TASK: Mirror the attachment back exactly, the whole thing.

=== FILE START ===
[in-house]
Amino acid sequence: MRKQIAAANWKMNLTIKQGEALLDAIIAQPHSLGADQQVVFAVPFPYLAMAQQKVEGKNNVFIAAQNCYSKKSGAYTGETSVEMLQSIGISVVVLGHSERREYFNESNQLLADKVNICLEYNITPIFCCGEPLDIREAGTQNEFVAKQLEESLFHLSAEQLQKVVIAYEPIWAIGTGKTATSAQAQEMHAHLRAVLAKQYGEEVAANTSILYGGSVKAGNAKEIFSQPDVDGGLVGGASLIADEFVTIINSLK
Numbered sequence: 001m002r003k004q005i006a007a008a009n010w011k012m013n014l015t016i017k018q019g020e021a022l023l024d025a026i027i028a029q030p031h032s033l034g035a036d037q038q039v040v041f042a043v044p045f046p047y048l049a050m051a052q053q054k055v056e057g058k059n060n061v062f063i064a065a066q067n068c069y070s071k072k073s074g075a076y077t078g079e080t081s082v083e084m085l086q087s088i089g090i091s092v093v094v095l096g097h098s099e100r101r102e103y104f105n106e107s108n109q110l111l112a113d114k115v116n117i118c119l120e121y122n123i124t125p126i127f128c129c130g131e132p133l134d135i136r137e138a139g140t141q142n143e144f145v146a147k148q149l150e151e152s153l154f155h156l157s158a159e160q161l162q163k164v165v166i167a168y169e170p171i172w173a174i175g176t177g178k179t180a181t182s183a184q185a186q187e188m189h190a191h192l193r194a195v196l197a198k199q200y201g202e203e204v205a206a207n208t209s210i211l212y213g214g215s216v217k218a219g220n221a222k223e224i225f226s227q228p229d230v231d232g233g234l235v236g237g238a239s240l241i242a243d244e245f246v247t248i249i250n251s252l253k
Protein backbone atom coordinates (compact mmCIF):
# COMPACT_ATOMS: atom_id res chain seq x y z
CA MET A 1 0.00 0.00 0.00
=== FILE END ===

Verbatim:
[in-house]
Amino acid sequence: MRKQIAAANWKMNLTIKQGEALLDAIIAQPHSLGADQQVVFAVPFPYLAMAQQKVEGKNNVFIAAQNCYSKKSGAYTGETSVEMLQSIGISVVVLGHSERREYFNESNQLLADKVNICLEYNITPIFCCGEPLDIREAGTQNEFVAKQLEESLFHLSAEQLQKVVIAYEPIWAIGTGKTATSAQAQEMHAHLRAVLAKQYGEEVAANTSILYGGSVKAGNAKEIFSQPDVDGGLVGGASLIADEFVTIINSLK
Numbered sequence: 001m002r003k004q005i006a007a008a009n010w011k012m013n014l015t016i017k018q019g020e021a022l023l024d025a026i027i028a029q030p031h032s033l034g035a036d037q038q039v040v041f042a043v044p045f046p047y048l049a050m051a052q053q054k055v056e057g058k059n060n061v062f063i064a065a066q067n068c069y070s071k072k073s074g075a076y077t078g079e080t081s082v083e084m085l086q087s088i089g090i091s092v093v094v095l096g097h098s099e100r101r102e103y104f105n106e107s108n109q110l111l112a113d114k115v116n117i118c119l120e121y122n123i124t125p126i127f128c129c130g131e132p133l134d135i136r137e138a139g140t141q142n143e144f145v146a147k148q149l150e151e152s153l154f155h156l157s158a159e160q161l162q163k164v165v166i167a168y169e170p171i172w173a174i175g176t177g178k179t180a181t182s183a184q185a186q187e188m189h190a191h192l193r194a195v196l197a198k199q200y201g202e203e204v205a206a207n208t209s210i211l212y213g214g215s216v217k218a219g220n221a222k223e224i225f226s227q228p229d230v231d232g233g234l235v236g237g238a239s240l241i242a243d244e245f246v247t248i249i250n251s252l253k
Protein backbone atom coordinates (compact mmCIF):
# COMPACT_ATOMS: atom_id res chain seq x y z
CA MET A 1 0.00 0.00 0.00